Emilie: La Marquise Du Châtelet Defends Her Life Tonight

In a listing of the most influential minds in the history of scientific research, Isaac Newton will inevitably be ranked near — if not at — the very top. Less commonly found is the name of Emilie du Châtelet, despite her achievements in not only standardizing the French translation of Newton's groundbreaking Principia Mathematica but in critiquing said theories with her own groundbreaking calculus-derived analysis. Born in the early 1700s, Emilie du Châtelet defied reigning gender expectations by studying mathematical theory from an early age, while at the same time garnering a reputation as one of the most vivacious noblewomen in Enlightenment-era France. These dual passions, intellectual and emotional, are examined in contemporary playwright Lauren Gunderson's Emilie: La Marquise Du Châtelet Defends Her Life Tonight. A work of historical fiction, the piece imagines the title figure ruminating over the impact of her life and the final worth of her existence. Brought to the stage by Theatre Pro Rata, an ever reliable source for challenging new works, the production combines scientific explorations with romantic liaisons, particularly a lifelong relationship with Voltaire. Directed by Carin Bratlie and anchored by Sharon Custer and Matt Sciple, two exceptionally versatile performers, the work has a core theme of intimacy and education that is further underscored by being performed in a science classroom at St. Catherine University. (Photo by Charlie Gorrill)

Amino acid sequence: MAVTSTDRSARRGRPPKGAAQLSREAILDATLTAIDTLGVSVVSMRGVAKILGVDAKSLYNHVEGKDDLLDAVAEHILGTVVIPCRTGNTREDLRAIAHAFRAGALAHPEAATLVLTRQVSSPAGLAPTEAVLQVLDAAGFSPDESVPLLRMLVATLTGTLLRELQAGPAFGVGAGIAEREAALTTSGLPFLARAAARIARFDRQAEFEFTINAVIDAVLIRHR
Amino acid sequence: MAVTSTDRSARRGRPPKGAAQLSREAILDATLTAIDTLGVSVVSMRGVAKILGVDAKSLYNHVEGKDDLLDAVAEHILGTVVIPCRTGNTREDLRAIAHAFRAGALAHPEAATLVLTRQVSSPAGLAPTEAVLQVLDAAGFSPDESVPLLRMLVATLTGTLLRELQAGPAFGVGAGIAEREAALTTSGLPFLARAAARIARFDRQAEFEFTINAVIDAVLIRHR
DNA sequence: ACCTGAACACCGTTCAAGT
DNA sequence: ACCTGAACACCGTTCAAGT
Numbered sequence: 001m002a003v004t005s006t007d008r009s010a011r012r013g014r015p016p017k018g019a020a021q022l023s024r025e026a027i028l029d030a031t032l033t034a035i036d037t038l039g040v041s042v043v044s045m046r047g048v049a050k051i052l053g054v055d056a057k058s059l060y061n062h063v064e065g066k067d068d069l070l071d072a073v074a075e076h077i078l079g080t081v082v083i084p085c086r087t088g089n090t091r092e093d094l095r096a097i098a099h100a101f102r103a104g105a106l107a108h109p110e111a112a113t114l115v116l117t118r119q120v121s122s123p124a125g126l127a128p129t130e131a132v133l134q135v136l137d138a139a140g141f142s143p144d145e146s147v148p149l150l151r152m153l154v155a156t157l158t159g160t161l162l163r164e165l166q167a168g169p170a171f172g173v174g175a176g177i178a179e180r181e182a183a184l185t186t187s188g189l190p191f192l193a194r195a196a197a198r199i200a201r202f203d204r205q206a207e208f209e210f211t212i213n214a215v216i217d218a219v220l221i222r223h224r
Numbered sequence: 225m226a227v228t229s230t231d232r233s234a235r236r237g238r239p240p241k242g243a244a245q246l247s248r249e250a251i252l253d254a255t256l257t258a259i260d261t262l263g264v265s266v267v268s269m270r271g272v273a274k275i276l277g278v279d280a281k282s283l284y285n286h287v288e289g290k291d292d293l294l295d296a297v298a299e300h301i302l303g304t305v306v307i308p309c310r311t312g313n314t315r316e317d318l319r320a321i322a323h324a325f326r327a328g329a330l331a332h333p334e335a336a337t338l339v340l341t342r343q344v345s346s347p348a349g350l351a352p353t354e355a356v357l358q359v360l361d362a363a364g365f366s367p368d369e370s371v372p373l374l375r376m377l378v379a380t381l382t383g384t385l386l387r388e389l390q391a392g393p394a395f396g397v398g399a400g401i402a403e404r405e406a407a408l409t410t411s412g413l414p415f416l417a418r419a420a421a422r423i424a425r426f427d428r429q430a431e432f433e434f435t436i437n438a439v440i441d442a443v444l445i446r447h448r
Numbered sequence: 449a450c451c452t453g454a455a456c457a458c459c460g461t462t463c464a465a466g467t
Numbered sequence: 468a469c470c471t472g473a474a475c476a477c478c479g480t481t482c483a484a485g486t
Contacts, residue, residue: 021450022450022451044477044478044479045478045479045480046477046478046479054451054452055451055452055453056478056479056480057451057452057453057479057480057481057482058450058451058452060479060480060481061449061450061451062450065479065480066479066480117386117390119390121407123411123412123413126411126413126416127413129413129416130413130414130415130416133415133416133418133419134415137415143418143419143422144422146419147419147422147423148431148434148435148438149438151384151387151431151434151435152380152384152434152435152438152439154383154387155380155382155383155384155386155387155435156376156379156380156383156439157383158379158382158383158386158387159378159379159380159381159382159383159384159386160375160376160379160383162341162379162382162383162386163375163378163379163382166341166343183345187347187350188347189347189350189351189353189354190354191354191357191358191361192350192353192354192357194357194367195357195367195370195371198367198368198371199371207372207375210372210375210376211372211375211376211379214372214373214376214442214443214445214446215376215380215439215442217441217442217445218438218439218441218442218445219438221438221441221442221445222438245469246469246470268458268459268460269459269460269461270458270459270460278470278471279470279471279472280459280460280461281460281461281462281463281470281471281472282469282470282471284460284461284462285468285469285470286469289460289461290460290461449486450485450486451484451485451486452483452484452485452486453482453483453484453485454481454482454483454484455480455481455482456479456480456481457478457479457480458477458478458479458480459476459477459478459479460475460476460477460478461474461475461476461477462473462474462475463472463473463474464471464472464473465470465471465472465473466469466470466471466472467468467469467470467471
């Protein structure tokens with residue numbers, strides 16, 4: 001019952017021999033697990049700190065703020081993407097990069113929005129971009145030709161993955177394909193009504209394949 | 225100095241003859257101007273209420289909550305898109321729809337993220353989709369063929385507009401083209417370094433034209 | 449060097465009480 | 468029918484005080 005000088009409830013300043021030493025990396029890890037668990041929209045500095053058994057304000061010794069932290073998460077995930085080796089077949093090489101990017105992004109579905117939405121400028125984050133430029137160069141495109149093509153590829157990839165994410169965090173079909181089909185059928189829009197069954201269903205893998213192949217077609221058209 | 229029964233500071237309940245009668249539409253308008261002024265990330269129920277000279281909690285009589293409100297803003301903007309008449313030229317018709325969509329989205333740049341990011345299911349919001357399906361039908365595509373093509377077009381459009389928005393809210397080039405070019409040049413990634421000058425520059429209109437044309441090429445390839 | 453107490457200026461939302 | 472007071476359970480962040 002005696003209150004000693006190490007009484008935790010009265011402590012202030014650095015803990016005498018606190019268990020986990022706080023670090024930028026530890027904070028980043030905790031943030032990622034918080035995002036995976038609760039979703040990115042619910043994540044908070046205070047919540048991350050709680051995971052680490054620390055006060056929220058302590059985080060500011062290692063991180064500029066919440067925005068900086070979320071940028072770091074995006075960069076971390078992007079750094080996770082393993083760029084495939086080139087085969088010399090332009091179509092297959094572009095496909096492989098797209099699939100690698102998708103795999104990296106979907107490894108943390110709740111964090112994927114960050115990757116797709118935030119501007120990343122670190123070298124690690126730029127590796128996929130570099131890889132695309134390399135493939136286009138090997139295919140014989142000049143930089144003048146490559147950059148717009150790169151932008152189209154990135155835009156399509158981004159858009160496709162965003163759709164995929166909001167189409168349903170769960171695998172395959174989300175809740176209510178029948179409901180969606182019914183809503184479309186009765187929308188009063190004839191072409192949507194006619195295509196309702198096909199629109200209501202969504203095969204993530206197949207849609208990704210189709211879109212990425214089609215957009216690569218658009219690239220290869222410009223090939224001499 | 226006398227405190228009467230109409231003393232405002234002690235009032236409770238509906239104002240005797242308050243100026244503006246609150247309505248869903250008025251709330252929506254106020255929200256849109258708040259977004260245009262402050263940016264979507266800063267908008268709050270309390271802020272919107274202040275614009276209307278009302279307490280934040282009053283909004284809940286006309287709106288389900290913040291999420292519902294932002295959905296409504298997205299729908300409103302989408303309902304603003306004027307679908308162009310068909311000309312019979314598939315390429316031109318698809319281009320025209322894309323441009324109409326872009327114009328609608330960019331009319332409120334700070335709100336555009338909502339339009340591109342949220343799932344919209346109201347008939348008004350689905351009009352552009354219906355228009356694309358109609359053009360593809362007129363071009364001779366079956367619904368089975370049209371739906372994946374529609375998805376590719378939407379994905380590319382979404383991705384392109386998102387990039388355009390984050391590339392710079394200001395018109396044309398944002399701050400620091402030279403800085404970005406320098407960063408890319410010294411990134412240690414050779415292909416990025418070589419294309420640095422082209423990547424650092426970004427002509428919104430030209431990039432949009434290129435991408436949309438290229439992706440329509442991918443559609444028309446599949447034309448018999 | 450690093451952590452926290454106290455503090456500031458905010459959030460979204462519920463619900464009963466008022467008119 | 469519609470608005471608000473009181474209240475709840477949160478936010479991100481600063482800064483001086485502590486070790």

Fridays, Saturdays, 7:30 p.m. Starts: June 7. Continues through June 22, 2013

 
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